SEOs talk pivoting and planning for a future after COVID-19
Hear what these veteran SEOs are doing to help clients adapt to business during and after the pandemic.
“If there is no interest whatsoever in your vertical, the best you can do is look inside and try to reorganize your company and help your customers in the best way you can,” said Pedro Dias, managing partner at apis3 and former Google search quality analyst, addressing what brands and agencies should prioritize in light of the ongoing coronavirus crisis.
With demand declining for a huge range of goods and services due to social distancing, travel restrictions and other precautionary measures, companies are rethinking the way they do business. During our first Live With Search Engine Land video chat Monday, Dias and other prominent members of the SEO community shared the guidance that they were providing to help their clients cope.
Figuring out new ways to do business. “We’re trying to keep a level head and just act as advisors to our clients — help them figure out ways that they can continue to make money in the interim if needed,” said Lily Ray, director of SEO for Path Interactive, adding that “a lot of our clients are shifting to an online model or live streaming or, if they meet with their customers, we’re helping them get set up in a way that they can do that on video.”
Transitioning to fully online is a dramatic shift for many businesses, but it becomes even more complex in light of social distancing, which is keeping customers at home and driving down demand.
“Some clients have a harder time figuring out how they can adapt to this online version of their business,” said Dias, using his client in the car manufacturing industry, which has been impacted by the pandemic, as an example.
“We are trying to find ways for them, because they are like, ‘Okay, customers might not buy a car, but they can buy car parts,’” Dias said. “So we are advising and trying to figure out which parts of their business they can push to work and which basically are not going to get any traction anytime soon.”
Identifying parts of the business that are not viable during the crisis will help you make decisions that can keep your business afloat until demand for your offerings returns.
Review your messaging. The coronavirus outbreak now factors into just about every aspect of daily life, which is something brands need to keep in mind when they’re communicating with their audiences.
“One of the things that we’ve been thinking a lot about . . . is that you don’t want to seem insensitive at a time like this — this is very serious and you don’t want to seem like you’re taking advantage of a situation or people or expectations,” said Alexis Sanders, senior SEO manager at Merkle, who recommended that brands review their content and messaging to ensure that it’s suitable given the current crisis.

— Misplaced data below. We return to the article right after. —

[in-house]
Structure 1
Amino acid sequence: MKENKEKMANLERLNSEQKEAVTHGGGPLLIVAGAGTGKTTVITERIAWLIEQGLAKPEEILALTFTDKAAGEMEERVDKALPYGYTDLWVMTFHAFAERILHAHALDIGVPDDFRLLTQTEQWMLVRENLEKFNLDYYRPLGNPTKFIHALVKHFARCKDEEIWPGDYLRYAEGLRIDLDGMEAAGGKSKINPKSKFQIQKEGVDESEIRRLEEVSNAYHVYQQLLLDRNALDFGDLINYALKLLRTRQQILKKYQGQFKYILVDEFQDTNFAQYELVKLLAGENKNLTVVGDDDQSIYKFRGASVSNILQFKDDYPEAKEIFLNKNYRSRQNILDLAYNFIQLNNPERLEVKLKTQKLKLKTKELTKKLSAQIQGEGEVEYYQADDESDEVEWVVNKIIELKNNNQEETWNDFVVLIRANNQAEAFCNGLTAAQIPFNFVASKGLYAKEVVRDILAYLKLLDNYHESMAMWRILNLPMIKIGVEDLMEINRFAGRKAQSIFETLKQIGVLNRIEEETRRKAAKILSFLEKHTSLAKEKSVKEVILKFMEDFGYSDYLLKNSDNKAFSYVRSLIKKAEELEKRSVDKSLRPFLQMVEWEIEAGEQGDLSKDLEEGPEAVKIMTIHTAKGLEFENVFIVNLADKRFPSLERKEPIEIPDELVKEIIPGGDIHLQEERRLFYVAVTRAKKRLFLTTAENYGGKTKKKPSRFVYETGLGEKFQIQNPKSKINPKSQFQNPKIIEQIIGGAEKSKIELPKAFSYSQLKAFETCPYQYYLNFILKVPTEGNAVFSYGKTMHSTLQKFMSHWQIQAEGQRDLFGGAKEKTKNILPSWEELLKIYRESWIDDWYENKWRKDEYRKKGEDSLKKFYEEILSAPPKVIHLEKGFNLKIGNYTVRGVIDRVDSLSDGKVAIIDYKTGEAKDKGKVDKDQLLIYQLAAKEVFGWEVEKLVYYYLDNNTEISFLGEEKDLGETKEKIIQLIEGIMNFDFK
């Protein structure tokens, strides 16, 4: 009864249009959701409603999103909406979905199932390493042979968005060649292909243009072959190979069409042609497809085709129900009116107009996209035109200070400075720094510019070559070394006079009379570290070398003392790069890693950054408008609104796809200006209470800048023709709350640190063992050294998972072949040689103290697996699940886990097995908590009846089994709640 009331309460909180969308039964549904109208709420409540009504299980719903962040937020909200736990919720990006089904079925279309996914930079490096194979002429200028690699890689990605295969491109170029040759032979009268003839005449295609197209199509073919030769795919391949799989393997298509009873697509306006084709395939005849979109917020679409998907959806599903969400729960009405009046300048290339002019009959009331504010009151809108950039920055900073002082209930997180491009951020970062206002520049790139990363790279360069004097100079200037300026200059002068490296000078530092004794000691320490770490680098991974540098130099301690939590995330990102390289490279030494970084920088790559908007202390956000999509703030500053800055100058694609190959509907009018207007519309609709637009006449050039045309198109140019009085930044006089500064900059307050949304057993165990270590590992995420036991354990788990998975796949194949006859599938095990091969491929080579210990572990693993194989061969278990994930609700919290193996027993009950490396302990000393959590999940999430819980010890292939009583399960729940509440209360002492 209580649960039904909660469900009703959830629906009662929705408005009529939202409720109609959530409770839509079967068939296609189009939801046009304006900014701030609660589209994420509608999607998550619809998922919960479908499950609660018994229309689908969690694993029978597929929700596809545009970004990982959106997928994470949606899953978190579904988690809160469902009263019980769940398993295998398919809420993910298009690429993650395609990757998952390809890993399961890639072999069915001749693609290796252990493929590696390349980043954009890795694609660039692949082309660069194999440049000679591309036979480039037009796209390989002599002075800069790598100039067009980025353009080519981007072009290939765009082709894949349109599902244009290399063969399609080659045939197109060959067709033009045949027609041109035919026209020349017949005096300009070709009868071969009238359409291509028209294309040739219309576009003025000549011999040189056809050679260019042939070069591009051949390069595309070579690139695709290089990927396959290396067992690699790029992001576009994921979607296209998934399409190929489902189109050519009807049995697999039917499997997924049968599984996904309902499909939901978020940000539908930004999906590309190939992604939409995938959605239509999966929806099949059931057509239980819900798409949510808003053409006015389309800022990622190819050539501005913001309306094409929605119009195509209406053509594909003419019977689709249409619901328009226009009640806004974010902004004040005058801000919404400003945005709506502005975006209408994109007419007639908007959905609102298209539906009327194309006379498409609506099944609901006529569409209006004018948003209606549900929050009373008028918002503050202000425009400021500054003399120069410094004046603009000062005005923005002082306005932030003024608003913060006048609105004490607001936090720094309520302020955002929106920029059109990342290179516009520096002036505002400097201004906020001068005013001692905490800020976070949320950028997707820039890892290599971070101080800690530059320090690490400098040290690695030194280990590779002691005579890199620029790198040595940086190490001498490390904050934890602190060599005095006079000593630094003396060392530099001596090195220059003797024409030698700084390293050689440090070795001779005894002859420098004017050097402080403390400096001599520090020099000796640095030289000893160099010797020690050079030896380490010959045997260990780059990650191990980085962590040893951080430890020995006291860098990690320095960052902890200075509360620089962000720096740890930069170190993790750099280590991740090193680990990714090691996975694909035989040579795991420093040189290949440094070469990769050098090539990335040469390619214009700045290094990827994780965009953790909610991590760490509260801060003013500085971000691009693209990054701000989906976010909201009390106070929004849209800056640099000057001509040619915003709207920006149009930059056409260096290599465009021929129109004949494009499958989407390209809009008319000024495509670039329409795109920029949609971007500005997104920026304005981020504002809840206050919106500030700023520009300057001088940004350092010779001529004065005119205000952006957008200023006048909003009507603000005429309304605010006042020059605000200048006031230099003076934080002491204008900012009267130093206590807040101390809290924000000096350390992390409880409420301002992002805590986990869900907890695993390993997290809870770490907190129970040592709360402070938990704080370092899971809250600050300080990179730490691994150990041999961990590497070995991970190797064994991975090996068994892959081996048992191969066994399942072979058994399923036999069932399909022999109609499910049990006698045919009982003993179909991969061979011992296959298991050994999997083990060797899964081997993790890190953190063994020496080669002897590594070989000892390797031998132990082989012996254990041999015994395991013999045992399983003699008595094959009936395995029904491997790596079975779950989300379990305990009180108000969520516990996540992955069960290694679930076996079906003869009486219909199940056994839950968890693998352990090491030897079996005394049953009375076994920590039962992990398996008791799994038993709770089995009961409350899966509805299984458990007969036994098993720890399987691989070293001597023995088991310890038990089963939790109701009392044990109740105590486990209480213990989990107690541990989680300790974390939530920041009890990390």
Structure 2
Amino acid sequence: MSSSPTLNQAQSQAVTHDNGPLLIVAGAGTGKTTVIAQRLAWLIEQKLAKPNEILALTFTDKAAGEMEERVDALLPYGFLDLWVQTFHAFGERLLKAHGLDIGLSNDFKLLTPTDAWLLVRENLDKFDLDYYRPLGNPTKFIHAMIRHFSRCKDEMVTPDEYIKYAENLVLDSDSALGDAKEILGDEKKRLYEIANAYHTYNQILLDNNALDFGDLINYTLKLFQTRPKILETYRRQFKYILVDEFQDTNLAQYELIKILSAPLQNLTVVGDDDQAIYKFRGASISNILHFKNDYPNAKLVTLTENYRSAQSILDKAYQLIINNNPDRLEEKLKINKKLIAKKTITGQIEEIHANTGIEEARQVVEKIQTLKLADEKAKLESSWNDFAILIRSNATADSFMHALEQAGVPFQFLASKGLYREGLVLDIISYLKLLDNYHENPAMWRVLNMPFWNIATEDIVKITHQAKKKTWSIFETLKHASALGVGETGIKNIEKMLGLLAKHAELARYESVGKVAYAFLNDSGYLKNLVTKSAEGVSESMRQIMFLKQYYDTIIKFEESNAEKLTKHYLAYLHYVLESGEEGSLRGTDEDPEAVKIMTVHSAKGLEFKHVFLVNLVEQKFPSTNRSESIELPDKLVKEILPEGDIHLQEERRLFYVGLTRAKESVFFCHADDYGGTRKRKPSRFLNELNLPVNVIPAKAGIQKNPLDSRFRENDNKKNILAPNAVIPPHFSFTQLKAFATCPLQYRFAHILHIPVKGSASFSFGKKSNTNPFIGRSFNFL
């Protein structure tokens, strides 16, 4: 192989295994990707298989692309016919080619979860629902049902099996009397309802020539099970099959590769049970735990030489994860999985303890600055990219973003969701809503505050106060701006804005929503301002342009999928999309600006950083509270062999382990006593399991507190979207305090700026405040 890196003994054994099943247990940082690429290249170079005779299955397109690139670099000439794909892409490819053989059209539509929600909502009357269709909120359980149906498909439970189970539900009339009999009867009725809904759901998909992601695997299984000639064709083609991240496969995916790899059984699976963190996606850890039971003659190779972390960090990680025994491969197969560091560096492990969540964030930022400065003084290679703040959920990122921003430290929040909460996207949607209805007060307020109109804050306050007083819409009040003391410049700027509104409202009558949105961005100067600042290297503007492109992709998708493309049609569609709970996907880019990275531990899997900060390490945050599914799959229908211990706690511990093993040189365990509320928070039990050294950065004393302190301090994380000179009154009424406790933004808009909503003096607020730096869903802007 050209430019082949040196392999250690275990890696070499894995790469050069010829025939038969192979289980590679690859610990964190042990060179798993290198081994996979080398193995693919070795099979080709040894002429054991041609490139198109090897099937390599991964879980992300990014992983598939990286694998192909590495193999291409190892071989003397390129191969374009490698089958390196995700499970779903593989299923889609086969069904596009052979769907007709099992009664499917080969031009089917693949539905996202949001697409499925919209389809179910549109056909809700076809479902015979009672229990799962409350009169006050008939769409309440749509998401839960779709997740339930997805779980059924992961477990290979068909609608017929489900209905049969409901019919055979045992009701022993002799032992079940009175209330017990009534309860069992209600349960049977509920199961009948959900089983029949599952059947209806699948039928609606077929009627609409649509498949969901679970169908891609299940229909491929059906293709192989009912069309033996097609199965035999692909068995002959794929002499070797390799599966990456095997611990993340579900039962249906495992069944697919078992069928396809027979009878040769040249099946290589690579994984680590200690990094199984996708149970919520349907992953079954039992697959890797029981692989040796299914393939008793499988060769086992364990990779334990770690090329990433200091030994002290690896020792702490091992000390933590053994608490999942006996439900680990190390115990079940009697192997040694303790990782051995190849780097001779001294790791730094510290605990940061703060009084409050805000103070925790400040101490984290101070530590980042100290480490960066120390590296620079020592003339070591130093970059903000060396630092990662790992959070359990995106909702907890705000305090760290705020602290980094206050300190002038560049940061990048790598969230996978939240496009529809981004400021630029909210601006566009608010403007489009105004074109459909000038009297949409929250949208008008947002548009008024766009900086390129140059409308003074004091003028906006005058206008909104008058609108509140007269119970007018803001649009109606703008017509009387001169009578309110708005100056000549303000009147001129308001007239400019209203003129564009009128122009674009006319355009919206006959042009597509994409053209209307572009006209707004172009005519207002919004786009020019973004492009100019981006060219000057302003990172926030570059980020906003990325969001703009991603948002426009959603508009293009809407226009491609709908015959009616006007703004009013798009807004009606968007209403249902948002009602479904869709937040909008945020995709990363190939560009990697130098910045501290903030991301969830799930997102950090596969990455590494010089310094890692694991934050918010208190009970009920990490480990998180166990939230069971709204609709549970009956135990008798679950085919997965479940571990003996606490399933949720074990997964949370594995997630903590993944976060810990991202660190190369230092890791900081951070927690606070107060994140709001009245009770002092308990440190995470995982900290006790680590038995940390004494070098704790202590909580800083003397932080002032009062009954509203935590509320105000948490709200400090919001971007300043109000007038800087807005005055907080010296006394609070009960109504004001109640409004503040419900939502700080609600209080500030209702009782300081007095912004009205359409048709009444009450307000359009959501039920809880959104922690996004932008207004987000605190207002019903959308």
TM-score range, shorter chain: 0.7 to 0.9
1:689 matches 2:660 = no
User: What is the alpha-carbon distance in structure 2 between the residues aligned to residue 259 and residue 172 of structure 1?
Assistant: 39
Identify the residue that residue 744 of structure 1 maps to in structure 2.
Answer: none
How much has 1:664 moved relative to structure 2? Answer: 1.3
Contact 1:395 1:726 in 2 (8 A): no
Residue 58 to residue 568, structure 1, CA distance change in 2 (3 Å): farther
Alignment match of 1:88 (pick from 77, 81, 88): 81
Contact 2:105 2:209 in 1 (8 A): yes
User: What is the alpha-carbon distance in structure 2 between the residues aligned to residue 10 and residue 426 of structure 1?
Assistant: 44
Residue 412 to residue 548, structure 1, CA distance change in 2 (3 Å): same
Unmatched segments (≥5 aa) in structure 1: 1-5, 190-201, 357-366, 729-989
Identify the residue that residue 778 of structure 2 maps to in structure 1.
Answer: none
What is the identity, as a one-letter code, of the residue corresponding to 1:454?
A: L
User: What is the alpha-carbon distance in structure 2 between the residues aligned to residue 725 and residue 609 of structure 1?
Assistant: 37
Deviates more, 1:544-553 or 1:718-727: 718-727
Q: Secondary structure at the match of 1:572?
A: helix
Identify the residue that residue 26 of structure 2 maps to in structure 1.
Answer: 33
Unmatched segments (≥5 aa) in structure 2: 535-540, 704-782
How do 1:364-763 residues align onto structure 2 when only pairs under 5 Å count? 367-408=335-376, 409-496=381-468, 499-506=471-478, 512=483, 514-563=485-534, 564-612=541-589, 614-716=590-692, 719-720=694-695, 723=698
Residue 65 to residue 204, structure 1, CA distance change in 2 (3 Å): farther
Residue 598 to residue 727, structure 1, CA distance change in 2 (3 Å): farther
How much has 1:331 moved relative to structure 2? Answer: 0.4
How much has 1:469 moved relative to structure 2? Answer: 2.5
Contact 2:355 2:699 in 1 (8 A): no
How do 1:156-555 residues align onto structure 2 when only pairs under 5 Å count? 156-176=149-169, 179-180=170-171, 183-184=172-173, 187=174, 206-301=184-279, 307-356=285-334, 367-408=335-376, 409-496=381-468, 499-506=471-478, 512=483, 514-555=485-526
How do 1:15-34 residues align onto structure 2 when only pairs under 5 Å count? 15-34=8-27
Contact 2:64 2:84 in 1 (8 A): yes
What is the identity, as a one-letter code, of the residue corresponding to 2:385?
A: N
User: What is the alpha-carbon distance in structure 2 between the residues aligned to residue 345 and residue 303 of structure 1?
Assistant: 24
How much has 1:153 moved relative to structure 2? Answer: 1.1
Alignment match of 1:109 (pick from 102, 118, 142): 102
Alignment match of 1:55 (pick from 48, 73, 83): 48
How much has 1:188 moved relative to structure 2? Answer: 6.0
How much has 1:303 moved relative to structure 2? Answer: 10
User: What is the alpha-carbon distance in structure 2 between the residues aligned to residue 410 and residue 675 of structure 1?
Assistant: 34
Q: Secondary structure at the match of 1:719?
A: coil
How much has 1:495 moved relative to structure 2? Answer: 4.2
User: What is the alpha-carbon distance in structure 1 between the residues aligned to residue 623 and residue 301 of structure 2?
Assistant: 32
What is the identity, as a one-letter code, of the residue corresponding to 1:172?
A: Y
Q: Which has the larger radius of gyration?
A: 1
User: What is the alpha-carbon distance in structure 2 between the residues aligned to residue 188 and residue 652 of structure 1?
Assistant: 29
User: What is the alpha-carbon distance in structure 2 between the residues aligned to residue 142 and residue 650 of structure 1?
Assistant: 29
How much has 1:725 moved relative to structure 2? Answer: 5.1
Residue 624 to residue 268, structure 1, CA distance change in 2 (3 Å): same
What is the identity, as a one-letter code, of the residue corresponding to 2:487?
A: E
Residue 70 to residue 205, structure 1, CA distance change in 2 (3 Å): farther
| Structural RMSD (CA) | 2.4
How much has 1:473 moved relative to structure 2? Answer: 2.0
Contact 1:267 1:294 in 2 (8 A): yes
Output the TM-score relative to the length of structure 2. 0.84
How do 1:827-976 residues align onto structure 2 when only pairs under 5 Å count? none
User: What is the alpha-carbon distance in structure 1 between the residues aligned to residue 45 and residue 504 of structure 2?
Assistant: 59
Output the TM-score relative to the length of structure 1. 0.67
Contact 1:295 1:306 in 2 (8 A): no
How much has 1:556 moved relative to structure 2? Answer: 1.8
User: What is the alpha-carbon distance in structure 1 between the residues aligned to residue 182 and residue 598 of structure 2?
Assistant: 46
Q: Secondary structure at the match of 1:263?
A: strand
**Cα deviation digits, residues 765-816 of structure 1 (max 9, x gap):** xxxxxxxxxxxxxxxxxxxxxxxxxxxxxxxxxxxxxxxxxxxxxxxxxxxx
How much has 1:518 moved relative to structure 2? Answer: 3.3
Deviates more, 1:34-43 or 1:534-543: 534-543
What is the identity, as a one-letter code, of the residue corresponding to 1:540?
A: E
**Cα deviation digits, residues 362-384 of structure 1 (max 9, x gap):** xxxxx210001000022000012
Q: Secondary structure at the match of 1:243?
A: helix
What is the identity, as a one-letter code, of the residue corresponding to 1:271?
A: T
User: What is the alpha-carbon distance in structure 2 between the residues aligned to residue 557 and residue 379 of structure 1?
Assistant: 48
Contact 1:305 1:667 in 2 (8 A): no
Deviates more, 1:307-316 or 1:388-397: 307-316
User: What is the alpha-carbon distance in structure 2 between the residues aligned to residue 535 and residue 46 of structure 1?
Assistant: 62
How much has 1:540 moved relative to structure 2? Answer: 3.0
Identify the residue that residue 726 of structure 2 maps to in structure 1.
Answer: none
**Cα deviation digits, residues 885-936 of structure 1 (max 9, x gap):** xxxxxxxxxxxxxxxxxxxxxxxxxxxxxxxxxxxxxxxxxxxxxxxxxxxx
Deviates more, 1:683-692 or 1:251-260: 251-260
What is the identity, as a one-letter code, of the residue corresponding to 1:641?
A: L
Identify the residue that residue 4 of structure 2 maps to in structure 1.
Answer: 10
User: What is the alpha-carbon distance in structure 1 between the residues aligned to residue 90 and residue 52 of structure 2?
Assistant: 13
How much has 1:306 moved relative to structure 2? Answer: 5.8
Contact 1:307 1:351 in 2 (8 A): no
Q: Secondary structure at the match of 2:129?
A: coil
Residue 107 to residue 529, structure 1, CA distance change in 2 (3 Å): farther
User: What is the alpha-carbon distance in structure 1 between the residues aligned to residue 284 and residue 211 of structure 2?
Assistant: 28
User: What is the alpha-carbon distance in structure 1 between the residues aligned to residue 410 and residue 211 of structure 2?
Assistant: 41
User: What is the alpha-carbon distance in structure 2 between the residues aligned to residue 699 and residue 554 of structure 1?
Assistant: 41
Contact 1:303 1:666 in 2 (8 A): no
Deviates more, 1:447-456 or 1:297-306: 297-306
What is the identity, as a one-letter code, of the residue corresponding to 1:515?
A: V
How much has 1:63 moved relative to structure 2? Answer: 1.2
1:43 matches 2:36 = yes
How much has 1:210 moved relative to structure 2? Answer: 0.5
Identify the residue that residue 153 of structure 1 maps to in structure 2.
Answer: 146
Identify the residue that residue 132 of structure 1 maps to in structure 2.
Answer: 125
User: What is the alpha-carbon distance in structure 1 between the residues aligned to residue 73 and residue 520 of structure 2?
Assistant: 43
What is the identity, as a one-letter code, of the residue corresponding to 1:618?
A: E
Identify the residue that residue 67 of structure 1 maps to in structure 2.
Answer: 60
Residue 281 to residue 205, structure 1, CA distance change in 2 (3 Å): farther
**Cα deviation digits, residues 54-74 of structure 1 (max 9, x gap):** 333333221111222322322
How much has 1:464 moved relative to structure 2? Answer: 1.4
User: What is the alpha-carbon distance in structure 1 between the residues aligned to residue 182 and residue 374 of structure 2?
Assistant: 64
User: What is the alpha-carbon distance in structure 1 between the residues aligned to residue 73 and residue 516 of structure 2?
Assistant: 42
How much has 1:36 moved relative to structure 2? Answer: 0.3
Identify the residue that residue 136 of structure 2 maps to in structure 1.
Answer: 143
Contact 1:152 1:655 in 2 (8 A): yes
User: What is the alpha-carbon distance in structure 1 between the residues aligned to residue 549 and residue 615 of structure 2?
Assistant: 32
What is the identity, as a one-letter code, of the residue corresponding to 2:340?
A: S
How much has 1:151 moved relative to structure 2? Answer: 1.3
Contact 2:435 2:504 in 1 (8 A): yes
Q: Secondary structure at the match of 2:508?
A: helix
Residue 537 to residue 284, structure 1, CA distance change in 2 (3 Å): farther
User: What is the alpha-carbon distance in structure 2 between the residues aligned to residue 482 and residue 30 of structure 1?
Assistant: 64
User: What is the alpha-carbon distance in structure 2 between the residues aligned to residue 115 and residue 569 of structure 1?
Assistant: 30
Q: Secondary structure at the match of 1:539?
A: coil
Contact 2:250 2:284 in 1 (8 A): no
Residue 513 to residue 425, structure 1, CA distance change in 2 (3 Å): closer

Agencies also need to be conscious of their strategies and communication if they are to maintain positive relationships with clients.
“We are trying more to act like mentors rather than push any work,” said Dias. “We are just trying to navigate this with them and lend our knowledge as much as we can, and since we always position ourselves as a consultancy more than an agency, we try to be side by side with them.” Extending consulting or other services beyond what your agency is contractually obligated to do can also be the right move, Dias also suggested.
Planning for post-pandemic. While the end of the virus is not yet on the horizon, there are still many proactive measures that businesses can take to help themselves bounce back strong.
“A lot of it is just like, ‘Okay, let’s figure out our game plan,’” said Ray, reminding her clients that SEO is a long-term strategy. “So let’s just think about what the next three, six, nine months are going to look like with this new landscape and these new challenges.”
“There’s no way to make business when there is no demand,” Dias said, adding “we can look ahead and envision a suppressed demand down the road, because people are wanting to make up for what they didn’t do when they were at home.” Accounting for that gradual return to normal levels of demand will also help your agency and your clients allocate resources appropriately.